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Executive Order of United States President Woodrow Wilson

Executive Order

Censorship of Submarine Cables, Telegraph and Telephone Lines.

     The Executive Order of April 28, 1917, No. 2604, relating to the censorship of submarine cables, telegraph and telephone lines, is hereby amended to read as follows:

     Whereas, the existence of a state of war between the United States and the Imperial German Government makes it essential to the public safety that no communication of a character which would aid the enemy or its allies shall be had,

     Therefore, by virtue of the power vested in me under the Constitution and by the Joint Resolution passed by Congress on April 6, 1917, declaring the existence of a state of war, it is ordered that all companies or other persons, owning, controlling or operating telegraph and telephone lines or submarine cables, are hereby prohibited from transmitting messages to points without the United States or to points on or near the Mexican border through which messages may be despatched for the purpose of evading the censorship herein provided, and from delivering messages received from such points, except those permitted under rules and regulations to be established by the Secretary of War for telegraph and telephone lines, and by the Secretary of the Navy for submarine cables,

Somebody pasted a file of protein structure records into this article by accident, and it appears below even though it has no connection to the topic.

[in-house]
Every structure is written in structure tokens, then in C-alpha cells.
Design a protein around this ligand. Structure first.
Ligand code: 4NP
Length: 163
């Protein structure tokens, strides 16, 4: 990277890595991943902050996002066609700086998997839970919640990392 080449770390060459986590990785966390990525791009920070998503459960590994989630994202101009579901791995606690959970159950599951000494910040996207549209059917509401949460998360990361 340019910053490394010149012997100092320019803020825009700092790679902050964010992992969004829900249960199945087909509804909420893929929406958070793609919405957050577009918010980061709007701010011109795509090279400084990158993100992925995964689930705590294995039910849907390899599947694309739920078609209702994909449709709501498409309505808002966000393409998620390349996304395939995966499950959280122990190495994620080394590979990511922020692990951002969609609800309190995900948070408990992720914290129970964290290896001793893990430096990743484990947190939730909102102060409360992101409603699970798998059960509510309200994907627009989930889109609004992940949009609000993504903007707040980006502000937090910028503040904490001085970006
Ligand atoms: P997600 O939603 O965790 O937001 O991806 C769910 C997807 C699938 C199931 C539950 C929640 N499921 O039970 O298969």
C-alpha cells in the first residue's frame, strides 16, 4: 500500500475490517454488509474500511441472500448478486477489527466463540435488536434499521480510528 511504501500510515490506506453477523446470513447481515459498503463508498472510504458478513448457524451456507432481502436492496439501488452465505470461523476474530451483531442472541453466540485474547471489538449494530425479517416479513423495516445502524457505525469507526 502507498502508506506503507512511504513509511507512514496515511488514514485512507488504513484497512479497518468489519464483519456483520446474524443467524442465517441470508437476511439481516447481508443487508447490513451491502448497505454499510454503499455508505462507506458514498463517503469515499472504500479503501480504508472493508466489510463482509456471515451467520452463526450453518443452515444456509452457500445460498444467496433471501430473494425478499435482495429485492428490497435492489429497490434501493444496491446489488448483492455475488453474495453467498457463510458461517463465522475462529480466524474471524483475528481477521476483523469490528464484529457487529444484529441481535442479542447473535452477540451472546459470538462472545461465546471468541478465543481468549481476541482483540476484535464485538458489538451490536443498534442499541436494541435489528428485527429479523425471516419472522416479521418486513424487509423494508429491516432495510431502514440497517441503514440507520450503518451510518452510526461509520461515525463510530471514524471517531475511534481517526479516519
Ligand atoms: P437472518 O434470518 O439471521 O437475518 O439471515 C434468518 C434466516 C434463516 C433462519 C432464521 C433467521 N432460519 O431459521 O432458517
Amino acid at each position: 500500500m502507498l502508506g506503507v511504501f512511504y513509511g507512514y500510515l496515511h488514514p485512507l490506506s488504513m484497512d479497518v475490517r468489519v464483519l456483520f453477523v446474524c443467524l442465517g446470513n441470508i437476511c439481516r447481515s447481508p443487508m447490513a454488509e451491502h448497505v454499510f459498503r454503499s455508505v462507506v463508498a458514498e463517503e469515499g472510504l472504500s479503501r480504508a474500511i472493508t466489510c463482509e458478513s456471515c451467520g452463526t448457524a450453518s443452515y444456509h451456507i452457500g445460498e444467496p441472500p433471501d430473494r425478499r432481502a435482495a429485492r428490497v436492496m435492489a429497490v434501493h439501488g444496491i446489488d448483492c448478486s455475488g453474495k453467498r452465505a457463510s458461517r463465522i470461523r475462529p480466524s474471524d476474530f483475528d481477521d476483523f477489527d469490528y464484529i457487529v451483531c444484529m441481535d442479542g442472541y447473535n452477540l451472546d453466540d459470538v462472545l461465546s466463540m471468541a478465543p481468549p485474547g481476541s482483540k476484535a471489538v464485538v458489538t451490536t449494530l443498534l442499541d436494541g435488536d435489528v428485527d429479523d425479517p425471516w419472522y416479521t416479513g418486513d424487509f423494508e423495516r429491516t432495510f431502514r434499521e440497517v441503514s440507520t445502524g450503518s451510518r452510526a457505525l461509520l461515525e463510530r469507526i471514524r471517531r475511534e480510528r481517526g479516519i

To these Departments, respectively, is delegated the duty of preparing and enforcing rules and regulations under this order to accomplish the purpose mentioned.

     This order shall take effect from date.

Woodrow Wilson     

The White House,

          26 September, 1918.

[No. 2967.]

Source Note: Cy, DNA, RG 45, Entry 517B.

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